Documentation always should be prepared on a contemporaneous basis – but no deadline had been indicated in the old guidelines. The documentation had to be retained at the company‘s office. The old list of ten document packages contained, above all

  • Structure and relationship between business entities,
  • Budgets, business plans, and financial projections,
  • Pricing policies, product profitability, relevant market information,
  • Documentation supporting the selection of a particular pricing method.

In practice taxpayer previously had to decide whether he should prepare the proper documentation up-front for the case of a later investigation, or whether he can prepare all the documents later on request. Experience showed that a delay in preparation often resulted in inconsistencies, gaps, inappropriate information, and insufficient supporting documents. Under the new regime, it can be expected that the documents have to prepared rather instantly.

Section 3 sex Revenue Code: „If the books, documents, and records … are in foreign language, … may order … to have their Thai translation prepared within a reasonable period of time.“

In the case of missing or inappropriate documentation, the tax authorities may and will assess the remuneration based on their view of proper market value. Although the taxpayer can file a protest under Thai tax laws, the violation of the documentation requirements will in practice weaken his tax position significantly. General penalties under Thai Revenue Code amount to 100% of the amount of additional taxes and surcharges of 1.5% per month. Under the draft legislation, a penalty of THB 400,000 is charged if the transfer pricing documentation is not prepared in time.

If price adjustments under the transfer pricing rules result in double taxation, the new regulations provide for a refund, if the company follows specific steps within a prescribed time. Whether a cash refund is a realistic scenario, only the future will tell.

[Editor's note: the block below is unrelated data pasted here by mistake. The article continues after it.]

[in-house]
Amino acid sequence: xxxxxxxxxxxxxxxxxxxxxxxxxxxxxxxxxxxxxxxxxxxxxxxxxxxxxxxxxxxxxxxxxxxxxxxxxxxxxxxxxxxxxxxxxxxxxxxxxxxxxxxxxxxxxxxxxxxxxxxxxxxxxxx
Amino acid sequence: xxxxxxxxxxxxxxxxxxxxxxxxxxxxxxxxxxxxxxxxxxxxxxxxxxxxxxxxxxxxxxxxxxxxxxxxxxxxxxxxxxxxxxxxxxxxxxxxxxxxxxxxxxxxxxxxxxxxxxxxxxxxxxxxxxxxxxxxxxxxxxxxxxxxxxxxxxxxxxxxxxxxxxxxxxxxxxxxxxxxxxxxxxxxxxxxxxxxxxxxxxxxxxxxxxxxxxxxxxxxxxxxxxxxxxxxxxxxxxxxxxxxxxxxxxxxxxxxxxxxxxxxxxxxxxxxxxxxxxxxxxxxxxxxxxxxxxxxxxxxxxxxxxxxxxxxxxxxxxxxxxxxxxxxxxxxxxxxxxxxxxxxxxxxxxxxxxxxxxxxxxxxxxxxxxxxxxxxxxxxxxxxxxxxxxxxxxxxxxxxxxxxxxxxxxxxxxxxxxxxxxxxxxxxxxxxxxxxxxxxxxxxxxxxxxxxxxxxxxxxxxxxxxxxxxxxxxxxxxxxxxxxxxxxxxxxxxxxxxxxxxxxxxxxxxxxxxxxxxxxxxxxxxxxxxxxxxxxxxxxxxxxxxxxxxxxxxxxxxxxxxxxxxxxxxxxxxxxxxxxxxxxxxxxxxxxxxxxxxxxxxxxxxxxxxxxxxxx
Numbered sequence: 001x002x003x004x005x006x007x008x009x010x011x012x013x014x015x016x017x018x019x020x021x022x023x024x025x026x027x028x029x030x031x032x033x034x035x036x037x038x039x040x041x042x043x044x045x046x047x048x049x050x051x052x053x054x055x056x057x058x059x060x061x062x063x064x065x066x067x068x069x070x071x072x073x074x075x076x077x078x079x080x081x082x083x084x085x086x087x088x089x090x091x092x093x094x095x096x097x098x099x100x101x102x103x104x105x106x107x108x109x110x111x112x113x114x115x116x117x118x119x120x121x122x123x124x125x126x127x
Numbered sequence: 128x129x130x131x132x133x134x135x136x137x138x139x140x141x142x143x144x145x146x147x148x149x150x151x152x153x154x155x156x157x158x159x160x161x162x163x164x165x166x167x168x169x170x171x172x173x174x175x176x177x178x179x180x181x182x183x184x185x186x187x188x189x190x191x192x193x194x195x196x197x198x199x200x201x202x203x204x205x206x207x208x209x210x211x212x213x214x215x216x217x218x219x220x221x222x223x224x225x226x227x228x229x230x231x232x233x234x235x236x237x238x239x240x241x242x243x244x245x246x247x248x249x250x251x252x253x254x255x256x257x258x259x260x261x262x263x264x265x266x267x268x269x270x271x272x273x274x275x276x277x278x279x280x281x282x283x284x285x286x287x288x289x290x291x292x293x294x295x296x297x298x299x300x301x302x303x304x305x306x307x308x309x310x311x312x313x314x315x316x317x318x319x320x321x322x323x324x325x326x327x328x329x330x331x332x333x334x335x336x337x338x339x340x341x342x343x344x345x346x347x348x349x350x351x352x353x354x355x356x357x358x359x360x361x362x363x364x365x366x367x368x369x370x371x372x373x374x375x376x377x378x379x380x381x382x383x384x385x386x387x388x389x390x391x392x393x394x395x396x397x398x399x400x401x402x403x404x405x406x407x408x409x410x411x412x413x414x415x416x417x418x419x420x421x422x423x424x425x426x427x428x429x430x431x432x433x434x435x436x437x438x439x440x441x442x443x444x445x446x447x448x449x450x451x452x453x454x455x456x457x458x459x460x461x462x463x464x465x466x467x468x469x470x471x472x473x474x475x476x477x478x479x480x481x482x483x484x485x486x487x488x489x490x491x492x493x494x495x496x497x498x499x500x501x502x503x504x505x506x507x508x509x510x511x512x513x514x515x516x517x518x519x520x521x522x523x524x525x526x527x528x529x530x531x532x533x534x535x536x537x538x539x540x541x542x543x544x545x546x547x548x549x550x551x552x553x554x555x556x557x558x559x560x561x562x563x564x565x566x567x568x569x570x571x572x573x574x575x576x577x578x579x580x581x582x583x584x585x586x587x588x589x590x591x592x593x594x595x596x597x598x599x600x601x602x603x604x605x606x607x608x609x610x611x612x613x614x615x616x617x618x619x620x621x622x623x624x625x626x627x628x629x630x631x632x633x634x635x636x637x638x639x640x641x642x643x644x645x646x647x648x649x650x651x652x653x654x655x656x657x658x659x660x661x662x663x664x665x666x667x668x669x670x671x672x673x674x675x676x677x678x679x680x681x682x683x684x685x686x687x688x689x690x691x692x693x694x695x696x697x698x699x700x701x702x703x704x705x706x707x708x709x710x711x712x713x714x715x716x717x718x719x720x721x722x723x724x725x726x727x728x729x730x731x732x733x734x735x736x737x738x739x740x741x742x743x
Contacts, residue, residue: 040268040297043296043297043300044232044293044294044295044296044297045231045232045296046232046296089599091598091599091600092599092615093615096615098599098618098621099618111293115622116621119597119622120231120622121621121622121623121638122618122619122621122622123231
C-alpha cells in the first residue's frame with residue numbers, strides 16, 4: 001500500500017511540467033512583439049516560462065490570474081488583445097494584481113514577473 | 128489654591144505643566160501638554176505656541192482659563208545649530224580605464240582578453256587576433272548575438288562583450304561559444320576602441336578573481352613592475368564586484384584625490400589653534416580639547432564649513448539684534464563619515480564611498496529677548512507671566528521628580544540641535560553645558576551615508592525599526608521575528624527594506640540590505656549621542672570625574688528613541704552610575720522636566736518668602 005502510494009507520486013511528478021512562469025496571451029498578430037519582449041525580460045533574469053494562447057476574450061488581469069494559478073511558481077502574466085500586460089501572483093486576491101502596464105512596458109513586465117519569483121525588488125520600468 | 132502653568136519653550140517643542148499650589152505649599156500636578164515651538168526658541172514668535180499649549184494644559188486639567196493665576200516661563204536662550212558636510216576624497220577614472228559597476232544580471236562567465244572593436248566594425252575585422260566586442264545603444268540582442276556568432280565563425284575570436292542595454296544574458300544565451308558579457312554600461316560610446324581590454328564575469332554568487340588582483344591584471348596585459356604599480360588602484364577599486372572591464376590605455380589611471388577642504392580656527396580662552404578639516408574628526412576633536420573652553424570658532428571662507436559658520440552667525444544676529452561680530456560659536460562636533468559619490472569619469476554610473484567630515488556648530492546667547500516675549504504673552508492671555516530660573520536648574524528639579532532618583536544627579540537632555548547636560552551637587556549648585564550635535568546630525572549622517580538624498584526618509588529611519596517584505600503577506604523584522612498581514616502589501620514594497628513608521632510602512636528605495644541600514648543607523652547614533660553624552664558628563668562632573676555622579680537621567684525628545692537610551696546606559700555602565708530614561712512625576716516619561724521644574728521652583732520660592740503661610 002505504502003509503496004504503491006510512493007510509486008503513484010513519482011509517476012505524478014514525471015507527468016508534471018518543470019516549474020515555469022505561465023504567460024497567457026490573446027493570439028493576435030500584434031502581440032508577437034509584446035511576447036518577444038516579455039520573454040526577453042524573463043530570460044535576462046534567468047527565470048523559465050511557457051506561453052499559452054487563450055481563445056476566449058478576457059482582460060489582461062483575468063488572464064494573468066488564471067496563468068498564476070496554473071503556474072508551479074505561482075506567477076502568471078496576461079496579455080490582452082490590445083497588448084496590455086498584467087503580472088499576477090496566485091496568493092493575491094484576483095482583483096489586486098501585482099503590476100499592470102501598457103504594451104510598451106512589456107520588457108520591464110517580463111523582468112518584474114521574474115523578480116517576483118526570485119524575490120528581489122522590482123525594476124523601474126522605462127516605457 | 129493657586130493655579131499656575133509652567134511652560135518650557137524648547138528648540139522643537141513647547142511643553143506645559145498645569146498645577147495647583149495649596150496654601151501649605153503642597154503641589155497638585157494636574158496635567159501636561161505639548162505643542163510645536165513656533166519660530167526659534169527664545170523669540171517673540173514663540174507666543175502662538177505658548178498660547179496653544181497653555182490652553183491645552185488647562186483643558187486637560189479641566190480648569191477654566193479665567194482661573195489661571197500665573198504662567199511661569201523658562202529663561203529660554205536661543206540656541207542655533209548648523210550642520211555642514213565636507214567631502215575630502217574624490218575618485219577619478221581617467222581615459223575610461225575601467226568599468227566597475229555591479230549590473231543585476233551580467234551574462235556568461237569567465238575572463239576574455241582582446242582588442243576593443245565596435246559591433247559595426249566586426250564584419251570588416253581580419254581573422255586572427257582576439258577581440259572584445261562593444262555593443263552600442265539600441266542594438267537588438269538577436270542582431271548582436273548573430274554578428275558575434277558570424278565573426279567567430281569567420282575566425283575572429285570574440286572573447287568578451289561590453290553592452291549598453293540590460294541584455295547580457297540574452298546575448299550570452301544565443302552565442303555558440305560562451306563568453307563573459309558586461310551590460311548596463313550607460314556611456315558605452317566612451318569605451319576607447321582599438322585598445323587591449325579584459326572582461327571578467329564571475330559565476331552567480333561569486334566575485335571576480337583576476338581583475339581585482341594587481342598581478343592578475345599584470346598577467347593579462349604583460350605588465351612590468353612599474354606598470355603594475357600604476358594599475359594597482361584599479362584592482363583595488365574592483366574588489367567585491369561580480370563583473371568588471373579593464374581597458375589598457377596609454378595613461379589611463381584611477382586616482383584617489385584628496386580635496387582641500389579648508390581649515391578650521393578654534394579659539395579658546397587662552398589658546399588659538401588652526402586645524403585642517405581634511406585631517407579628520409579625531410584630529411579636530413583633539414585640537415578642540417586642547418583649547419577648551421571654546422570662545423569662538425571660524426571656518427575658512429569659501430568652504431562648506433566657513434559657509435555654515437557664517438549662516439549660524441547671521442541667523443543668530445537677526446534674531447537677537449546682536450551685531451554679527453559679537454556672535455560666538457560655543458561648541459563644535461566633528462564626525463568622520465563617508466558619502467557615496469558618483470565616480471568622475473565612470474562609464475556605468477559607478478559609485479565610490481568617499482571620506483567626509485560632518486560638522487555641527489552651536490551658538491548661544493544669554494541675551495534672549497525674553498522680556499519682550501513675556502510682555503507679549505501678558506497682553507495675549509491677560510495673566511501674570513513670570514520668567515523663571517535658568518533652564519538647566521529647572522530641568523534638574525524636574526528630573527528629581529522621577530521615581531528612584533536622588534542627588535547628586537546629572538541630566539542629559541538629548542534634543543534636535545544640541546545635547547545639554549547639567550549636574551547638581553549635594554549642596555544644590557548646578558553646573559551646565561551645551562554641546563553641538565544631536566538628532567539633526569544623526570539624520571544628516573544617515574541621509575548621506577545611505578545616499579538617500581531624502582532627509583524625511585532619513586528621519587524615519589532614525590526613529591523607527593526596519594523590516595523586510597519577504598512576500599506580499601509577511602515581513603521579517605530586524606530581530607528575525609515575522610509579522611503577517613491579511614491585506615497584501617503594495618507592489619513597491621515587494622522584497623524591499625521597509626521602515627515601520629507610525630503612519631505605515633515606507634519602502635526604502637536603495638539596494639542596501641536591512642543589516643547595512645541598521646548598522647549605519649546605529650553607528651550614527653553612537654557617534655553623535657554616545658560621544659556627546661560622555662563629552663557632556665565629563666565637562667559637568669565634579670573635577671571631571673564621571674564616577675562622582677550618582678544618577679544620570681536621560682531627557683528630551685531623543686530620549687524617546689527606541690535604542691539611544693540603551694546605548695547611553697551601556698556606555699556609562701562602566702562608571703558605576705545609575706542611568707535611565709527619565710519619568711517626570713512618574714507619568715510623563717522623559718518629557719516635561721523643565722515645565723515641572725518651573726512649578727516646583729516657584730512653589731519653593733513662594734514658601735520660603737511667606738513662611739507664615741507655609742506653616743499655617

The Revenue Department is generally willing to issue an APA (Advanced Pricing Agreement) on the legality of transfer prices – typically with a validity of five years. However, APAs had a very slow start and are, up to now, very rare. The APA requires from the taxpayer not only a specific request, similar to the request for a binding tax ruling under German tax laws but also all the relevant documentation. The successfully achieved APA provides the taxpayer with rules, methodologies, and conditions which the taxpayer has to follow. It seems to be advisable to make use of the APA more often, depending on the future legislation.

Transfer pricing compliance vs. transfer pricing planning – before the anti-BEPS legislation is introduced

As a reaction to budgetary crises, Thailand is tightening transfer pricing regulations and strengthening enforcement to generate additional tax revenues. Thailand is adding more resources to its Revenue Department, is increasing its auditing rhythm and is imposing stricter penalties. However, by implementing the tools and modules of the past in its new legislation, the Thai Revenue Department brings a knife to a gunfight.

As a downside, multinational enterprises are faced with increased administrative and compliance burdens. Complying with transfer pricing requirements is costly in itself. Scared headquarters might decide to proactively mitigate the risks associated with transfer pricing by avoiding sophisticated tax planning tools. To be BEPS-compliant outside of Thailand but using the old rules from the last century for the Thai inter-company business relationships is like trying to square the circle.

However, a transfer pricing strategy with the focus on tax compliance stands in opposition to the transfer pricing strategy to minimize tax payments. Field surveys under U.S. tax legislation show that a corporation focusing on minimizing taxes has an effective tax rate that is more than 6% lower than an enterprise focusing on tax compliance. Transfer pricing-related tax savings are greater when higher foreign income, offshore entities, and R&D activities are combined with a tax minimization strategy.